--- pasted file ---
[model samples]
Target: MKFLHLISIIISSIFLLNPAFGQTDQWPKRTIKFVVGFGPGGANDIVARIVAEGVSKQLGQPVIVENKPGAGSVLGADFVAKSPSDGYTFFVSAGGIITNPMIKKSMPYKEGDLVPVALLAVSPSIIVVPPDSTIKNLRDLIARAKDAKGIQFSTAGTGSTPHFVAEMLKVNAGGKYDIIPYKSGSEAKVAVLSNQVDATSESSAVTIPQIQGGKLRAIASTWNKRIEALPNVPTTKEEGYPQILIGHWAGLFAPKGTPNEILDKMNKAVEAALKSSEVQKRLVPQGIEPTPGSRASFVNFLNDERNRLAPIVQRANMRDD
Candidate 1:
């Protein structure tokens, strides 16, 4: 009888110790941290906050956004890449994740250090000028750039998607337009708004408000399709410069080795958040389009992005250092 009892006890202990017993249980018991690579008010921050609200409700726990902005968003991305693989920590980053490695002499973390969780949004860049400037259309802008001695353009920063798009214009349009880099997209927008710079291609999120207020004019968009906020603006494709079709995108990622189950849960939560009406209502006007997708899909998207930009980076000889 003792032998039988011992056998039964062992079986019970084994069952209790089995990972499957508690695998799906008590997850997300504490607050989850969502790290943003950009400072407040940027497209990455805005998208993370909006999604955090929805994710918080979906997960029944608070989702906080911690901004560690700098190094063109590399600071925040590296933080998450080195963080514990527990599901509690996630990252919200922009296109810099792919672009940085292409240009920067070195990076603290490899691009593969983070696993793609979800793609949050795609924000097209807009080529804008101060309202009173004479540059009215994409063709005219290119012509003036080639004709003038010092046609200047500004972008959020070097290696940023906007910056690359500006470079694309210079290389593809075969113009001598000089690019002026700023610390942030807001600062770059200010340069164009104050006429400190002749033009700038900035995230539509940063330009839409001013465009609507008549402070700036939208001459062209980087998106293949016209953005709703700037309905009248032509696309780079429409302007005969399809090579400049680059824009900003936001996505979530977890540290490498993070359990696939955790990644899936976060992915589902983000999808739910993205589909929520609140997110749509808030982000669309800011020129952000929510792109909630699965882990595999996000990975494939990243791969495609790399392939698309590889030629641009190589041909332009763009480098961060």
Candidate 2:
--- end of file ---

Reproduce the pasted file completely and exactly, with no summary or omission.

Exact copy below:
[model samples]
Target: MKFLHLISIIISSIFLLNPAFGQTDQWPKRTIKFVVGFGPGGANDIVARIVAEGVSKQLGQPVIVENKPGAGSVLGADFVAKSPSDGYTFFVSAGGIITNPMIKKSMPYKEGDLVPVALLAVSPSIIVVPPDSTIKNLRDLIARAKDAKGIQFSTAGTGSTPHFVAEMLKVNAGGKYDIIPYKSGSEAKVAVLSNQVDATSESSAVTIPQIQGGKLRAIASTWNKRIEALPNVPTTKEEGYPQILIGHWAGLFAPKGTPNEILDKMNKAVEAALKSSEVQKRLVPQGIEPTPGSRASFVNFLNDERNRLAPIVQRANMRDD
Candidate 1:
């Protein structure tokens, strides 16, 4: 009888110790941290906050956004890449994740250090000028750039998607337009708004408000399709410069080795958040389009992005250092 009892006890202990017993249980018991690579008010921050609200409700726990902005968003991305693989920590980053490695002499973390969780949004860049400037259309802008001695353009920063798009214009349009880099997209927008710079291609999120207020004019968009906020603006494709079709995108990622189950849960939560009406209502006007997708899909998207930009980076000889 003792032998039988011992056998039964062992079986019970084994069952209790089995990972499957508690695998799906008590997850997300504490607050989850969502790290943003950009400072407040940027497209990455805005998208993370909006999604955090929805994710918080979906997960029944608070989702906080911690901004560690700098190094063109590399600071925040590296933080998450080195963080514990527990599901509690996630990252919200922009296109810099792919672009940085292409240009920067070195990076603290490899691009593969983070696993793609979800793609949050795609924000097209807009080529804008101060309202009173004479540059009215994409063709005219290119012509003036080639004709003038010092046609200047500004972008959020070097290696940023906007910056690359500006470079694309210079290389593809075969113009001598000089690019002026700023610390942030807001600062770059200010340069164009104050006429400190002749033009700038900035995230539509940063330009839409001013465009609507008549402070700036939208001459062209980087998106293949016209953005709703700037309905009248032509696309780079429409302007005969399809090579400049680059824009900003936001996505979530977890540290490498993070359990696939955790990644899936976060992915589902983000999808739910993205589909929520609140997110749509808030982000669309800011020129952000929510792109909630699965882990595999996000990975494939990243791969495609790399392939698309590889030629641009190589041909332009763009480098961060």
Candidate 2: